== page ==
Tuesday, February 24, 2015

Biblical Oils - Spikenard

Well, we've done it. This is the last week of our review of the essential oils in the Bible. And what an oil to end on. . .Spikenard. It's a strange word to me and begs the question, "What in the world is a spikenard?" Actually, some people call it 'nard'. Still, do you know what it is?

Well, I didn't. It's definitely a word I glossed over in my Bible reading. But it's there for a reason. So what's the reason? Let's see what we find out.

As I mentioned before, depending on your translation of the Bible Spikenard may be referred to as nard, but it may not be mentioned specifically at all. The only place in the Old Testament where it is found is in Song of Solomon. First the bride talks about her scents of Spikenard reaching the king at his table then the king tells her she is like a garden and Spikenard is one of her plants. Don't you find it interesting to be referred to as a garden? Hmm.

The New Testament has two references (Mark 14 and John 12) but they are recounting similar incidents that occurred four days apart, yet both divulge some interesting facts. Spikenard was precious and expensive; it could have been bought and sold for more than a year's wages! It had to be held in a sealed alabaster container so that the smell didn't give it away. Because once it was out in the open the aroma could fill the entire house. It gave Judas and others a fit to have an entire half liter of this spread over Jesus's feet then his head. (Note: Jesus reprimanded the complaining men not the women who spent the money.)

We learn so much about the company that Jesus kept by these passages. When the Bible says it was costly, it was expensive and still is. Of course, the Bible states a year's wages as the price but there's no way to know how much that was. There is much speculation as to the exact amount, but Essential Oil pocket reference does mention that this oil was used only by priests, kings and high initiates. Hello, Jesus had friends who were high in society, which explains why so many of his followers could fit into a house to eat and listen to Jesus teach. And a woman of the house could spend that much money and still be able to entertain a group of men.

People of Israel weren't the only ones who used it either. After all, it comes from India, where it was not just perfume, but also part of medical practices. Historically, Egyptians used it as part of a mixture called kyphi which was used to calm fear and anxiety, thus promoting restful sleep and pleasant dreams. And if you read the word 'nardinum', an ancient oil mixture renown for its aroma, spikenard is in that too.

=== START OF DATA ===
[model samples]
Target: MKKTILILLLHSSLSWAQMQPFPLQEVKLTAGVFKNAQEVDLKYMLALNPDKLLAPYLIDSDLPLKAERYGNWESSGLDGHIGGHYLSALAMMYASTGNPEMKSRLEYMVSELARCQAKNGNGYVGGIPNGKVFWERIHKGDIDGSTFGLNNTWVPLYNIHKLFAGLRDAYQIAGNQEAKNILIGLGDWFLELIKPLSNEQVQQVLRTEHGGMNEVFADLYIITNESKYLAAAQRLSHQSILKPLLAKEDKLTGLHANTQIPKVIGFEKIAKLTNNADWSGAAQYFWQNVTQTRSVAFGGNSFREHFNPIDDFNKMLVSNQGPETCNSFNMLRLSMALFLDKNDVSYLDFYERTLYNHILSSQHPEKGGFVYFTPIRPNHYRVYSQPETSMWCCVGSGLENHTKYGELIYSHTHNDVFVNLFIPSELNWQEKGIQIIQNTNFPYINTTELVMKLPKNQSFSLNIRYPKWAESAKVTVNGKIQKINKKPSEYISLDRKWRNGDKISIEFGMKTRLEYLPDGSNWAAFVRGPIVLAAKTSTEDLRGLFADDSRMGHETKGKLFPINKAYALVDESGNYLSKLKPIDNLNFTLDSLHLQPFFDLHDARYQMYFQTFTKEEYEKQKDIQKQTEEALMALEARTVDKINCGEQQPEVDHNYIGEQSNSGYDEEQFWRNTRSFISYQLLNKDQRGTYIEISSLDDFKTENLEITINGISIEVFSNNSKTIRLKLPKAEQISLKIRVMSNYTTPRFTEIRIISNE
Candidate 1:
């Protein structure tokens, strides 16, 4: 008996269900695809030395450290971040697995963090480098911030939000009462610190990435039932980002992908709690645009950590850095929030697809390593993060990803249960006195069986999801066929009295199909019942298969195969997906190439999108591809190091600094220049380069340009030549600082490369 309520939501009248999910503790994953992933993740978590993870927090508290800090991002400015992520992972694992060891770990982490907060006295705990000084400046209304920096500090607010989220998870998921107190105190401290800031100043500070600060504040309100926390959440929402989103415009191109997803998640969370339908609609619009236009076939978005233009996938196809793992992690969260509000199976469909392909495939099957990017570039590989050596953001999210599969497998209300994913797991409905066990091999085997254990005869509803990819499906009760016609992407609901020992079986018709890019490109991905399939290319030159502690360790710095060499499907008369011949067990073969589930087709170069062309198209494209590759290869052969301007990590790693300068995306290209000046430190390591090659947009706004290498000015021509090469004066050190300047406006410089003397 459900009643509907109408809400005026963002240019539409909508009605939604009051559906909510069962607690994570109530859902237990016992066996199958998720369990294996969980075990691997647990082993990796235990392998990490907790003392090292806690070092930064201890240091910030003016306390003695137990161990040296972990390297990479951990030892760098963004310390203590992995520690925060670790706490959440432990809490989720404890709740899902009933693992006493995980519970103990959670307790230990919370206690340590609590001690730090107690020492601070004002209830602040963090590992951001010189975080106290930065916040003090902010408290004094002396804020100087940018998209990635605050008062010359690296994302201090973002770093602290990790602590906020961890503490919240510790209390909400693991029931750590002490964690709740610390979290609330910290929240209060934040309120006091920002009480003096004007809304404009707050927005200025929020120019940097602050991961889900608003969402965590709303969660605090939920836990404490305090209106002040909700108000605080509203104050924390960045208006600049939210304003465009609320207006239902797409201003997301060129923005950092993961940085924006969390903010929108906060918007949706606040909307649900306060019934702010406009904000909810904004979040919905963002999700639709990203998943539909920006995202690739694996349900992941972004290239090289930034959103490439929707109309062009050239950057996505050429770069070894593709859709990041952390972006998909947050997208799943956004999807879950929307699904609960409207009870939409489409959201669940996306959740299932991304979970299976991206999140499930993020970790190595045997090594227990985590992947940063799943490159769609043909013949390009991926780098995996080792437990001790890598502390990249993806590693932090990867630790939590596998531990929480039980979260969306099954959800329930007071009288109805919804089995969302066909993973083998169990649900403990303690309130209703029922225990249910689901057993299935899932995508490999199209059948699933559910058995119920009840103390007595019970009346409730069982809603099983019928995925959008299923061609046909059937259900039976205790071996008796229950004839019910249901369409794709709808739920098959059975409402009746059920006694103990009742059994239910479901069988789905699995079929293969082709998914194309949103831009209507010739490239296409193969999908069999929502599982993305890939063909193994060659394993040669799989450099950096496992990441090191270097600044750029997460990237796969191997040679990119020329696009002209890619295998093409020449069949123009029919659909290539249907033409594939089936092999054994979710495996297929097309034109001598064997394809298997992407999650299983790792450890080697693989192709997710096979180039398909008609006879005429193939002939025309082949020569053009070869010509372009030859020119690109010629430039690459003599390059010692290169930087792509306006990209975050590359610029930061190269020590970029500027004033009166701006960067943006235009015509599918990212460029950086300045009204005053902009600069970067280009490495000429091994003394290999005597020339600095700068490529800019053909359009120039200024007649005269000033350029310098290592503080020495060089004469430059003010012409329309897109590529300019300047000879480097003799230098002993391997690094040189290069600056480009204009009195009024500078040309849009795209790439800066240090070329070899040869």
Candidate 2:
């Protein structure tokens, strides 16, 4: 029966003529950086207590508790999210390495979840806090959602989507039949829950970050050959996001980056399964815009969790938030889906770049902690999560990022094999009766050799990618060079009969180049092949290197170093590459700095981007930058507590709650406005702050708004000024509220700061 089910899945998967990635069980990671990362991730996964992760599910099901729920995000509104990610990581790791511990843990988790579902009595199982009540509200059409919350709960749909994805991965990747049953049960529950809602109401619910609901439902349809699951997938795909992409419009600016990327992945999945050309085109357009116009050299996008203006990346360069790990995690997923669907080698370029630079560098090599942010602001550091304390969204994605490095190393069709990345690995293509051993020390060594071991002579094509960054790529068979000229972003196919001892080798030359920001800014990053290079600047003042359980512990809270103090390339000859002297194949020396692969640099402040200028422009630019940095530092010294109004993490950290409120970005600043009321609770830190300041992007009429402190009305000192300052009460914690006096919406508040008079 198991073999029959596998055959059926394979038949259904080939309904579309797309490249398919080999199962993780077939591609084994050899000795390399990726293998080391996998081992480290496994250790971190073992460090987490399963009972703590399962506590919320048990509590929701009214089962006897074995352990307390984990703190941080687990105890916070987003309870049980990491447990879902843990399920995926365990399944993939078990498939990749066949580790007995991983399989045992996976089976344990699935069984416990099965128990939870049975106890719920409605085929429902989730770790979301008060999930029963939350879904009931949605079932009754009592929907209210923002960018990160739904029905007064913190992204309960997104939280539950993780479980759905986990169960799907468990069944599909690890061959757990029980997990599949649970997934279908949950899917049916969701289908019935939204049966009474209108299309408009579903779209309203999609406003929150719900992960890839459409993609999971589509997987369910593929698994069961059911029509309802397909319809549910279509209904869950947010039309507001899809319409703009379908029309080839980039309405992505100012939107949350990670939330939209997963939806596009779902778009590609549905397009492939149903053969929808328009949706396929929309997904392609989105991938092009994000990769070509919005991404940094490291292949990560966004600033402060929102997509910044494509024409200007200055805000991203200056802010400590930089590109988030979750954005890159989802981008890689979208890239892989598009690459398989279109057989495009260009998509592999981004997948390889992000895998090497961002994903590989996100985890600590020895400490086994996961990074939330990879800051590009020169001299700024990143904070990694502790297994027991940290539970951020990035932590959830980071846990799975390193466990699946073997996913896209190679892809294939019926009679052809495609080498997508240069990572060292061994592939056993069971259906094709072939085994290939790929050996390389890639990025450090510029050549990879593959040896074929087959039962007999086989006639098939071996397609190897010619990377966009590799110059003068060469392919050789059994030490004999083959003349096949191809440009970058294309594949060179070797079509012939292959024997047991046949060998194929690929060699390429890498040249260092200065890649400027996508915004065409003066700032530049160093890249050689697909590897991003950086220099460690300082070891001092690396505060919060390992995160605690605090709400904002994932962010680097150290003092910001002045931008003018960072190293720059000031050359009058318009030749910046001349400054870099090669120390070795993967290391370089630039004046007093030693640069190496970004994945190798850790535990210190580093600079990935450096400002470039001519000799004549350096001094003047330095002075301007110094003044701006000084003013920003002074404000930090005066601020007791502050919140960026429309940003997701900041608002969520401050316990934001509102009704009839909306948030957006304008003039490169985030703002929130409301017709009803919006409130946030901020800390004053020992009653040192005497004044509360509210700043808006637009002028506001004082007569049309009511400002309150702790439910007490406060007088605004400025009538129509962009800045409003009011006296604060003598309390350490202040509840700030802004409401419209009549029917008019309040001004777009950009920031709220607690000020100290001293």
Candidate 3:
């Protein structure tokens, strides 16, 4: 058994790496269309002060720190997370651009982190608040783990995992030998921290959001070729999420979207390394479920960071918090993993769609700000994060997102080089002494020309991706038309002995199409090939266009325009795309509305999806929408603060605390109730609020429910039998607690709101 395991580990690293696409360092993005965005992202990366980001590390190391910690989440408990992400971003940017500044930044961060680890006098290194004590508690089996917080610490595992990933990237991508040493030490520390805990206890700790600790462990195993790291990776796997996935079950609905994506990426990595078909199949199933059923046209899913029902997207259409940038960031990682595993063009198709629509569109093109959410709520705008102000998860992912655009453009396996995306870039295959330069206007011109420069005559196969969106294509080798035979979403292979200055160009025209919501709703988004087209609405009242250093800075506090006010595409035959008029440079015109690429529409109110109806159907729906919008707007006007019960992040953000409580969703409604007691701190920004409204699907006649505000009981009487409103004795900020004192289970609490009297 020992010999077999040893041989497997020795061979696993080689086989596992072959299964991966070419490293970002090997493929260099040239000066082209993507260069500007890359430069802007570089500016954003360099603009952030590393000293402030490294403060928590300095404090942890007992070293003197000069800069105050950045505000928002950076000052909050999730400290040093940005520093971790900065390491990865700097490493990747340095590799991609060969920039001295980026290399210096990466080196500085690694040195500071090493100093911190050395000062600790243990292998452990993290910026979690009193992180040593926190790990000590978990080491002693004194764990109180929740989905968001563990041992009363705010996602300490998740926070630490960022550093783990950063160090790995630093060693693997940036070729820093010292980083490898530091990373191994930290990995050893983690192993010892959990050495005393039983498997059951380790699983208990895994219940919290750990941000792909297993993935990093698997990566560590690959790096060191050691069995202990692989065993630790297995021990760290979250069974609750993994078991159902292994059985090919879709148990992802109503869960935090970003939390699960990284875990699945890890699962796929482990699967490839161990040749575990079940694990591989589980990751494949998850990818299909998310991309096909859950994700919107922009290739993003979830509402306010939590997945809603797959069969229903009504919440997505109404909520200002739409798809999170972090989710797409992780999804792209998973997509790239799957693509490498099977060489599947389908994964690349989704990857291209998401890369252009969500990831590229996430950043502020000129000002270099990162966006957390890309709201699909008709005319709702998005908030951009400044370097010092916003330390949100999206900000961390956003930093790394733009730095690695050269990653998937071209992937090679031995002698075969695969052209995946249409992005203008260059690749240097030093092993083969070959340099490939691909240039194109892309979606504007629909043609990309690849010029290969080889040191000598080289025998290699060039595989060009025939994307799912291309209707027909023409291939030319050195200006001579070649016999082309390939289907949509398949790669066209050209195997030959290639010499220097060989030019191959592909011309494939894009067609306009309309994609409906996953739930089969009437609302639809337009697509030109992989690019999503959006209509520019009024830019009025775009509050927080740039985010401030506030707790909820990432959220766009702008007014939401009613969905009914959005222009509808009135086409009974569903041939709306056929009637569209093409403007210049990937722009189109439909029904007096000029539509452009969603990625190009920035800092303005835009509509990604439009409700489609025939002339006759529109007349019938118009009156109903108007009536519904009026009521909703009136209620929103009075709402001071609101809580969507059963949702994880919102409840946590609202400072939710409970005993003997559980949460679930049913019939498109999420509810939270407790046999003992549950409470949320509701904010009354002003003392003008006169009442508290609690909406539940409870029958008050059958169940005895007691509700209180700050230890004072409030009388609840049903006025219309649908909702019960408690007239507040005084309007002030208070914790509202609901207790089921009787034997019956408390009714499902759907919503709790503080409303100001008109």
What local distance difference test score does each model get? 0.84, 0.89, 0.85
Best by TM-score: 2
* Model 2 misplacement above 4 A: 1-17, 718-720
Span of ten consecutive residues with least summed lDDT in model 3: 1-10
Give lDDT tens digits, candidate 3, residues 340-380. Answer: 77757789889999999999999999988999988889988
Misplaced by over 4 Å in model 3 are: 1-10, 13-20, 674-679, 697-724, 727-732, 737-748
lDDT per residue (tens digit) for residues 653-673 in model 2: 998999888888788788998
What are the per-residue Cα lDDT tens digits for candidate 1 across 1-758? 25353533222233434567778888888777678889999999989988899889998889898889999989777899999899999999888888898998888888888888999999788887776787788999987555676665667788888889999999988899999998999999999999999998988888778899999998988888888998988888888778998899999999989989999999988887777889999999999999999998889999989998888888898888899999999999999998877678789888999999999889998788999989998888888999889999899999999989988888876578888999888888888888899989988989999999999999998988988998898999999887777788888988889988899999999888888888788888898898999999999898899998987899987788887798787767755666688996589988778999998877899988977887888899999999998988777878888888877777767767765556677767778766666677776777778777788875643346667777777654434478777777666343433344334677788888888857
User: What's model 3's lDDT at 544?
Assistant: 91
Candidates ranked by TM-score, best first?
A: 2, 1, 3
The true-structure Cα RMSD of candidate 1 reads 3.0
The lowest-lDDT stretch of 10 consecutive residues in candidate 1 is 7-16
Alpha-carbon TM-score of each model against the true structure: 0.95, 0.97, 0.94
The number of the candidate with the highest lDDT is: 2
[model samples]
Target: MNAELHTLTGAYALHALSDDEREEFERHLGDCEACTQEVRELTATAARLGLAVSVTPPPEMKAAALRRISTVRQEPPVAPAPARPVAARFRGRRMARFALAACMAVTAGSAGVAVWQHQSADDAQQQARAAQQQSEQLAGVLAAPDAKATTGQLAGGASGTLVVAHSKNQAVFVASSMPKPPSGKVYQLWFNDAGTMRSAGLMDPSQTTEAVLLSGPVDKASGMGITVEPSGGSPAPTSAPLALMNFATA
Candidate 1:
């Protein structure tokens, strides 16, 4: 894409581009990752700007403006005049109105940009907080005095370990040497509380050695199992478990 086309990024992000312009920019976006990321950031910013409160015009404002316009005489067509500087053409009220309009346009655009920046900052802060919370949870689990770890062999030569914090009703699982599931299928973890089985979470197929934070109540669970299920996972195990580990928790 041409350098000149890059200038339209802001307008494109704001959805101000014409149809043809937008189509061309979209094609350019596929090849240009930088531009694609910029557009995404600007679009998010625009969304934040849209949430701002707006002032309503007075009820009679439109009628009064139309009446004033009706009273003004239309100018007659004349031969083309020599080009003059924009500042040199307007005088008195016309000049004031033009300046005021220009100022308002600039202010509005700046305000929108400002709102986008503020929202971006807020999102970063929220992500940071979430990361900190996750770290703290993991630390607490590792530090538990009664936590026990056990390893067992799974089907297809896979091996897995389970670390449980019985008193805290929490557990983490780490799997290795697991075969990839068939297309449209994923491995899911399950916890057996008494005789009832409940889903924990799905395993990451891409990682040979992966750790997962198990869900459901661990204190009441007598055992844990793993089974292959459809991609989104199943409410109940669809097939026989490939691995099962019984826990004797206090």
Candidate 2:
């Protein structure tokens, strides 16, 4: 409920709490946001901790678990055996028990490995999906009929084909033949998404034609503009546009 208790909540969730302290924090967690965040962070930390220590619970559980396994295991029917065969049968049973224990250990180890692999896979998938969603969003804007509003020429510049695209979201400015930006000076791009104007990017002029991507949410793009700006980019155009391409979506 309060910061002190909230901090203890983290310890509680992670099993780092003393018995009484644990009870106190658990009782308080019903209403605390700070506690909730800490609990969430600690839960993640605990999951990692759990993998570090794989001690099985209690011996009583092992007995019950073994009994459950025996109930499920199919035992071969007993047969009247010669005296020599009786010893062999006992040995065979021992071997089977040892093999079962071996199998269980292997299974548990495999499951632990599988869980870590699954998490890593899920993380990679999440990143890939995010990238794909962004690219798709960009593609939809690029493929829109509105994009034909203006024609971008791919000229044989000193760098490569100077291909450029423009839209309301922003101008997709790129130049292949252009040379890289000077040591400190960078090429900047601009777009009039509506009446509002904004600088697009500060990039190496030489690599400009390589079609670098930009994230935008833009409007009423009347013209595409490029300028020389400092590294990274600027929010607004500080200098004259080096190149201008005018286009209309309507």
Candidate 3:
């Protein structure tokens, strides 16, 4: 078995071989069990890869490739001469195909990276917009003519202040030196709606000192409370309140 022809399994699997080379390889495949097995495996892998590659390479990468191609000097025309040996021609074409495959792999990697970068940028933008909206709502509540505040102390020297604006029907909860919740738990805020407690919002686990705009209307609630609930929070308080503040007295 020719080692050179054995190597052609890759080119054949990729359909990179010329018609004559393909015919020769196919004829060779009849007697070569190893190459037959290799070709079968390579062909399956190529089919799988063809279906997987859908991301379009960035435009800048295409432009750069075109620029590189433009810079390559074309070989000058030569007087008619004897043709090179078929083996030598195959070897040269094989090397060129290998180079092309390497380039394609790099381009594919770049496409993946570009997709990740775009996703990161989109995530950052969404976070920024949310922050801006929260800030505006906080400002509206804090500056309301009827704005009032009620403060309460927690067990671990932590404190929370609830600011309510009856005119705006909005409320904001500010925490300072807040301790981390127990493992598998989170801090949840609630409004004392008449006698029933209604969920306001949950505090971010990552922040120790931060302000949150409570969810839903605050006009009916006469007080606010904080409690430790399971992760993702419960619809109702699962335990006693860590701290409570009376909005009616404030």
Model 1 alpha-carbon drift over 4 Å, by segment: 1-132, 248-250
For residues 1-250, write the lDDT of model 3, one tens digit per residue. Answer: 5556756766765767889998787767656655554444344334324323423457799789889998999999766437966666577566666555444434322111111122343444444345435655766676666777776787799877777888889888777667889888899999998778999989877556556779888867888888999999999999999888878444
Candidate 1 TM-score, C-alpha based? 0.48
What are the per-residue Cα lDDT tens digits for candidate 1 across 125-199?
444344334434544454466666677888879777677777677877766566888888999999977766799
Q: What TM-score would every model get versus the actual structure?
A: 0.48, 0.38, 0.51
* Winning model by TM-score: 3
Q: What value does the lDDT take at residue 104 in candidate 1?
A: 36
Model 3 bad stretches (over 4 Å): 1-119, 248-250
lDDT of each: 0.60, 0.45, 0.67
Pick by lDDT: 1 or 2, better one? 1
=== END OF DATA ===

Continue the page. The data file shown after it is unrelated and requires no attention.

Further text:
So what other ailments is it advertised for? Reference Guide for Essential Oils says it's good for allergic skin reactions and has antibacterial, antifungal, anti-inflammatory, and deodorant properties. Essential Oil pocket reference adds that it's an immune stimulant.  If you recall I mentioned sesquiterpenes in one of my earlier posts. These help the body return things back to normal. And this oil has a high percent of this in its chemical make-up.

I can't help but be drawn to the fact that there are oils whose very nature is to regenerate an area to the point of wholeness. This is something God does for us spiritually. When we turn something over to Him, He takes us through various cleansing processes and trials to get us to the point that we are whole. Whatever the hurt or wound, He makes it new and better. How awesome it is to see with our eyes what God does to the unseen part of us.

Tuesday, February 17, 2015

Biblical Oils - Cinnamon

I know what you're thinking. Cinnamon, an oil? Well, it's true and it fits right in with the oils we've talked about over the last several weeks. You see, while it's not a tree, although a cinnamon stick looks like a tree, it is processed from the bark of a tree. In fact the oil is actually called Cinnamon Bark.

Most of us think of cinnamon as a spice that brings a delicious flavor to rolls, breads, candy, cookies, and, well, the list goes on. But ancient people knew it for medicinal reasons. China was one of the places that used it as part of their medical practices. And it was listed in the medical "go to" book used in Europe for over 1,700 years according to Essential Oils pocket reference.

"Cinnamon has medical uses?" You ask. Why yes, yes it does.
In fact, it's strong stuff. Used straight it can cause an irritation to the nasal membranes if inhaled directly whether by diffuser or straight from the bottle. However, when used appropriately just look at its laundry list of properties: anti-inflammatory, antibacterial, antidepressant, antiviral, anti-fungal, antimicrobial, antioxidant, anti-parastic, anticoagulant, astringent, circulatory stimulant, purifier, stomach protectant and antiseptic. Whew, that was a mouthful of words. In case I may have missed a few uses there's more information on cinnamon at this site.

When it comes to the Biblical references of Cinnamon, it's a great example of how something can be used for extreme good or bad. In Exodus 30, it is an ingredient in the sacred only-to-be-used-for-God's-temple anointing oil that made the tent of meeting and all its contents consecrated and most holy. But by itself Cinnamon found its way into the beloved's garden in Song of Solomon. And, here's where the bad comes in, it was part of the perfumes on the bed of the adulteress in Proverbs 7. The last place we see it mentioned is in Revelations 18. It will be one of the spices forever lost when the great and mighty city of Babylon is destroyed.